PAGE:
As a Philadelphian during the holidays, perhaps you’ll be tested. Perhaps you’ll get some flak from relatives you’ve journeyed outside the city to visit or those coming to visit you.
They always bring up the stereotypes. They’ll ask if you’ve eaten a good cheesesteak lately. They’ll mention the crime and filth. Yes, the murder rate is trending upward this year, but the same thing is happening in other major cities and the rate is still well below homicide levels in the mid-aughts. We’re also working on a Zero Waste goal by 2035.
The Eagles play on Christmas, so maybe you’ll even get a snowballs-at-santa reference this year.
We all know Philadelphia is vastly more than cheesesteaks and snowballs and grit. Sometimes it’s good to have a yearly reminder. So let’s revisit 11 things you can be proud about as a Philadelphian in 2017.
The SRC dissolved itself
The School Reform Commission, the state-controlled body that ran Philly schools, has been a source of frustration for Philadelphians since its formation in 2001. Among the lowlights: the 2014 shredding of teachers’ contracts. But after years of discussing the SRC’s demise, the board members decided in November to vote it out of existence. Philadelphia is currently looking to form its own board of education.
Philly restaurants swept the Oscars of the food industry
Michael Solomonov, the chef and co-owner of Zahav, Dizengoff, Abe Fisher and other favorites, won the 2017 James Beard Award for Outstanding Chef. Stephen Starr took home the award for Outstanding Restaurateur. Locals and visitors from around globe have been talking about Philly’s food scene for years. These awards were further vindication we’re among the best.
Middle neighborhoods, discussed early in Philadelphia, became a national issue
Middle neighborhoods are the sections of the city that aren’t doing well enough to receive loads of private development or poorly enough to get public aid. They’re just doing OK, and as such, are at risk of decline. Authors Paul Brophy and Ira Goldstein introduced the idea at Temple University in February. Congressman Dwight Evans made them a priority, and by May, the topic had reached the desk of President Donald Trump. In Philly, prompted by Councilwoman Cherelle Parker, City Council held a hearing on middle neighborhoods, hoping to eventually reach longterm plans for assisting them.
Philly sports are relevant again
Let’s just forget about all these recent blown leads from the Sixers and Carson Wentz’s knee (prayers!). Philadelphia sports actually matter. Joel Embiid and Ben Simmons have made the Sixers one of the most exciting teams in the NBA, with Embiid particularly garnering attention as a future superstar because of his personality. The Eagles could still make the Super Bowl. Maybe. At worst, they’re a playoff team with a good future. So long as that knee holds up after surgery and rehab.
Philly hosted the best NFL Draft of all time
That headline may sound like a superlative but you’d find few fans, media members or NFL employees who’d disagree. In late April, about 250,000 people attended the draft and its festivities, and officials said visitors directly spent $56 million. Those numbers don’t tell the whole story. It was more about the scene. For the first time, the NFL Draft was al fresco. Philly turned what’s often a staid affair into a block party.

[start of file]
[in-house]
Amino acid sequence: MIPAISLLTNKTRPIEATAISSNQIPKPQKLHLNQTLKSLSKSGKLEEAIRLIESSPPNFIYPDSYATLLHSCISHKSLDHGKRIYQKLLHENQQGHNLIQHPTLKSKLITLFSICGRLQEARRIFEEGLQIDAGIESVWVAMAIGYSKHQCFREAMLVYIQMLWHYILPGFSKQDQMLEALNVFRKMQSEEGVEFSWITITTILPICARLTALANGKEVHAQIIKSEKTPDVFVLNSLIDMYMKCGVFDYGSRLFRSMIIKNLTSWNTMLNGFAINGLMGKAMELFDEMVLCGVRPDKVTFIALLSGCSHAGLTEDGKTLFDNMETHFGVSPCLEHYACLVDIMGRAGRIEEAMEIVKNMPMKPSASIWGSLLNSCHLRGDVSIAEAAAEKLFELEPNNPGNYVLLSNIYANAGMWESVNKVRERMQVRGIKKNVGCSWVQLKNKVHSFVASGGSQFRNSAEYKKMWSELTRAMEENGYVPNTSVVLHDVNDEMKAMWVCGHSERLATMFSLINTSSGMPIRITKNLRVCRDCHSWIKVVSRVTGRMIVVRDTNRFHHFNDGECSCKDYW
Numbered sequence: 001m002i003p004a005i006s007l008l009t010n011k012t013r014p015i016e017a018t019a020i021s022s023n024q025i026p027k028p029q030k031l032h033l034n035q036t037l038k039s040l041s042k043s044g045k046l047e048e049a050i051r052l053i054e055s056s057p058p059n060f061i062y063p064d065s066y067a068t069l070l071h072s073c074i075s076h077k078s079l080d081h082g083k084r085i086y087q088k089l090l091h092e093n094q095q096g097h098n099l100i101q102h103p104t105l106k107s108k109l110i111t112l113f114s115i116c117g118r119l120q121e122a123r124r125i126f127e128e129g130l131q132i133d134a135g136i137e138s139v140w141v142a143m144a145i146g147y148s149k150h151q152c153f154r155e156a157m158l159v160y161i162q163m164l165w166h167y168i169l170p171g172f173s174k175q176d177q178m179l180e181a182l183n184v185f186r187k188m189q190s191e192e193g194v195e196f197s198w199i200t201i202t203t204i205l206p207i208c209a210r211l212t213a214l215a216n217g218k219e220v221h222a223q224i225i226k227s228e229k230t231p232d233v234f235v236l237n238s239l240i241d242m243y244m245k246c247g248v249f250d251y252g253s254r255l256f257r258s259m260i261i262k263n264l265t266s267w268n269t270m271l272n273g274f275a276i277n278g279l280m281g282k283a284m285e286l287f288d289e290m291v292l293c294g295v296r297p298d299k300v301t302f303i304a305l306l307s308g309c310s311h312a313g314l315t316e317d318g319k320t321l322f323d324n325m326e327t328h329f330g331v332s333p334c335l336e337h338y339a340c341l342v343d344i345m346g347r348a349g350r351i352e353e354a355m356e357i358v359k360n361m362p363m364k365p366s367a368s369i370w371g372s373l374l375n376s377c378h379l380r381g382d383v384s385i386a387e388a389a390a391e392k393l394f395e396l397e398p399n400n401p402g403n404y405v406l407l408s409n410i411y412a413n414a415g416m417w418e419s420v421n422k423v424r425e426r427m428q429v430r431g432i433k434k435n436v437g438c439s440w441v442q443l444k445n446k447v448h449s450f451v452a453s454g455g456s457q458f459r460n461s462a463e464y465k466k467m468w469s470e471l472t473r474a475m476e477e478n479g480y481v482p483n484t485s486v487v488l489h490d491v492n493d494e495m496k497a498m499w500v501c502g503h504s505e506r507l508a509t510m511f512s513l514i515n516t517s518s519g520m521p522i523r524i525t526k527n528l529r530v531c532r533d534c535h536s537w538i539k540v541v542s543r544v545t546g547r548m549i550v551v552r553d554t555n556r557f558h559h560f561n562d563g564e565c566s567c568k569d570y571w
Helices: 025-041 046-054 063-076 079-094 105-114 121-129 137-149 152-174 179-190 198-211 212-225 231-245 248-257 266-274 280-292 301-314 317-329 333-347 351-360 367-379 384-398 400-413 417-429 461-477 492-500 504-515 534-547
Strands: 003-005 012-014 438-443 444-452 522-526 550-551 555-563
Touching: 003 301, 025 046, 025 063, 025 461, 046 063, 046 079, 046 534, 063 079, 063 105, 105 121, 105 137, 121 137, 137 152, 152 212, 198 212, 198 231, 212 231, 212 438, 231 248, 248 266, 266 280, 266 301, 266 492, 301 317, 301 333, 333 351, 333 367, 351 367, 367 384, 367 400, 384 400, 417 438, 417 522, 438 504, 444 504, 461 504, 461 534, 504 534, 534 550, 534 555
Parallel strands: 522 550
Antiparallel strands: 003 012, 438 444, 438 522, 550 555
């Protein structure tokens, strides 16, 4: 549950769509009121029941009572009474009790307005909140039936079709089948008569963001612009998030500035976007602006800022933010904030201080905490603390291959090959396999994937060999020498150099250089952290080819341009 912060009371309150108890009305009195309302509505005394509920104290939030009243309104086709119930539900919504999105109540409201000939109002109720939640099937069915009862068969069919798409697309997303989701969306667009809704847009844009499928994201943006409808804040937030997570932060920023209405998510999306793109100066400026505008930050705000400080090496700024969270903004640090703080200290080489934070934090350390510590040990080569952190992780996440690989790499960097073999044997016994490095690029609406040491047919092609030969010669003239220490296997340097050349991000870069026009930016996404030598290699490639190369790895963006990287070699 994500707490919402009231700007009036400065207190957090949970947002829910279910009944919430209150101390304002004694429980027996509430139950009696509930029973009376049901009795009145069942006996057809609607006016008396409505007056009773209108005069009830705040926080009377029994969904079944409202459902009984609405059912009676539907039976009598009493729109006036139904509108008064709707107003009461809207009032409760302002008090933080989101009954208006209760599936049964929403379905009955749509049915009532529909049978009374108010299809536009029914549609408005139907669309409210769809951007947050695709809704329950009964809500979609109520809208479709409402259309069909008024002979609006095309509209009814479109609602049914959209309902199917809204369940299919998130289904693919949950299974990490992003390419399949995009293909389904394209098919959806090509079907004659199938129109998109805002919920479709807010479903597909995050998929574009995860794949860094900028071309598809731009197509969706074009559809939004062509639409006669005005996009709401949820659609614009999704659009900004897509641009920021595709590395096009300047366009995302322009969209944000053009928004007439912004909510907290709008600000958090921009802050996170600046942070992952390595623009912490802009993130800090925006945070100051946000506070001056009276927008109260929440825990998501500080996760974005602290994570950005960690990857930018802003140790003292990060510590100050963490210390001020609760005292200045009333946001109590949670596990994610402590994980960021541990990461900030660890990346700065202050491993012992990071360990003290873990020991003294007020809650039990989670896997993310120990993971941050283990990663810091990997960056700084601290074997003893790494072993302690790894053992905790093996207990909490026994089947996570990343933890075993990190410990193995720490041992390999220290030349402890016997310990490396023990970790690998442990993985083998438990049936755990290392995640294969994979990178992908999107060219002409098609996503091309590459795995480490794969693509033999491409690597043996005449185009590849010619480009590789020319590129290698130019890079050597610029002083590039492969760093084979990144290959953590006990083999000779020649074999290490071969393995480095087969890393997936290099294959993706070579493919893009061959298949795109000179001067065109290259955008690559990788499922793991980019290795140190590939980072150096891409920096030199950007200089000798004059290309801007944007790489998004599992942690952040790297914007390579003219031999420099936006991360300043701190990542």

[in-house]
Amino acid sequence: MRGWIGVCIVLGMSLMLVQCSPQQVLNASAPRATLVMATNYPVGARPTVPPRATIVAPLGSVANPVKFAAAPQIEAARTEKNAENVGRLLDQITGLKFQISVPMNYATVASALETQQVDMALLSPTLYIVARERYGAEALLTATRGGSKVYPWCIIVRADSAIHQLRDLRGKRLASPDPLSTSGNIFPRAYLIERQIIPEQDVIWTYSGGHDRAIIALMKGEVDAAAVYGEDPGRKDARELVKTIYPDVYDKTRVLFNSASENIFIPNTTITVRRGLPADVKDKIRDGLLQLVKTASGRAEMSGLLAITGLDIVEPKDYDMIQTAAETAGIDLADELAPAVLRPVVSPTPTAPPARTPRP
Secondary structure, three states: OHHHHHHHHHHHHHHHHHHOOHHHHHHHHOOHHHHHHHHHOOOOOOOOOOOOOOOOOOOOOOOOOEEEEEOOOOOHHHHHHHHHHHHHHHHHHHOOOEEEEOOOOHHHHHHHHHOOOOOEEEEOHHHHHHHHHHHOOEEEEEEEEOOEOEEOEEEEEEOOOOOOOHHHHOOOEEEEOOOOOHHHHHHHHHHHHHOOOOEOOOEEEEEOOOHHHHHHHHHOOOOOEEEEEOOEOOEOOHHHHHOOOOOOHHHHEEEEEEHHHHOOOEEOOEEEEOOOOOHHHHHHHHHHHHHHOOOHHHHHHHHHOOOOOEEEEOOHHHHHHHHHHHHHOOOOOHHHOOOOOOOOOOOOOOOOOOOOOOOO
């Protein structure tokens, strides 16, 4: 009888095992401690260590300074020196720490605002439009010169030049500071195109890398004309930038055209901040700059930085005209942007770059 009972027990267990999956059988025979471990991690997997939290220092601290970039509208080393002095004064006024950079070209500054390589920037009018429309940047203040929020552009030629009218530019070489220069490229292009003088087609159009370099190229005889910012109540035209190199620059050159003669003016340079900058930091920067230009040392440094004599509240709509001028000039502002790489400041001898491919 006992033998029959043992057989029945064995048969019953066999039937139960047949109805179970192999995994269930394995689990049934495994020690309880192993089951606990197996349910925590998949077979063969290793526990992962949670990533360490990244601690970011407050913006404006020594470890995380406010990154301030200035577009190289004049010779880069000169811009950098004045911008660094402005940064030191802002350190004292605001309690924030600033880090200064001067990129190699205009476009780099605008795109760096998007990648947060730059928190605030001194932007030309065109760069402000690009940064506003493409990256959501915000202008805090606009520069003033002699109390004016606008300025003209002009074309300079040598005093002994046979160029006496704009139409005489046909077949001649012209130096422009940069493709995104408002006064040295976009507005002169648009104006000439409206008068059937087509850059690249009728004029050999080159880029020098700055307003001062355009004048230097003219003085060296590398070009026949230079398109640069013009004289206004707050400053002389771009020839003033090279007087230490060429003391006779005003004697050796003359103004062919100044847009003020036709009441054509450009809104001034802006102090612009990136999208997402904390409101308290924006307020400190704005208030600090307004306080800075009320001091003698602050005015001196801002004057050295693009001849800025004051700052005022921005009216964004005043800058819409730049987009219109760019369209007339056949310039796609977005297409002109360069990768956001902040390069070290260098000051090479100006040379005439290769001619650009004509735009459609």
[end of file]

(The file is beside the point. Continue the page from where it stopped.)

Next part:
We can sit on Rittenhouse Park’s wall and smoke weed
Remember in January when city officials, the Parks Department and Friends of Rittenhouse decided to ban sitting on the wall because of pot?
That decision was overturned quickly, thanks in large part to Mayor Jim Kenney. He even hinted that smoking weed was OK, as long as it wasn’t too obvious:
Our public spaces are getting an overhaul
Philly’s parks, way behind the rest of America’s big cities when it comes to the budget, are getting the first share of about $500 million in improvements. The first 61 sites for Rebuild were designated earlier this month. The program provides renovations to parks, recreation centers, playgrounds and libraries.
The I-95 cap is actually happening
For decades, city officials and residents alike have pined for a cap on I-95, something to bring Center City closer to the Delaware River. This spring, the city, private funders and PennDOT pledged more than $200 million to get the project done. We’re going to have a real waterfront.
More people voted than expected
You can’t say Philly had a high turnout for this year’s primary or general election. You can say we did much better. Turnout for the spring primary —when Democrats Larry Krasner and Rebecca Rhynhart handily won their respective district attorney and city controller races — came in at 17 percent. That was nearly double the 2013 turnout and 5 percent above 2009 turnout. In the fall, despite Krasner and Rhynhart nearly assured of victory, turnout was 20 percent, also well above recent years for these races.
Bigbelly trash cans got foot pedals
The city improved many of the trash cans nobody likes to open with their bare hands. So far about 275 foot pedal Bigbellies have been installed, all in Center City.
The situation is still far from perfect.
Our mayor continues to dress like Buddy the Elf
This tradition better last for as long as Jim Kenney’s in office and then be mandated for his successor.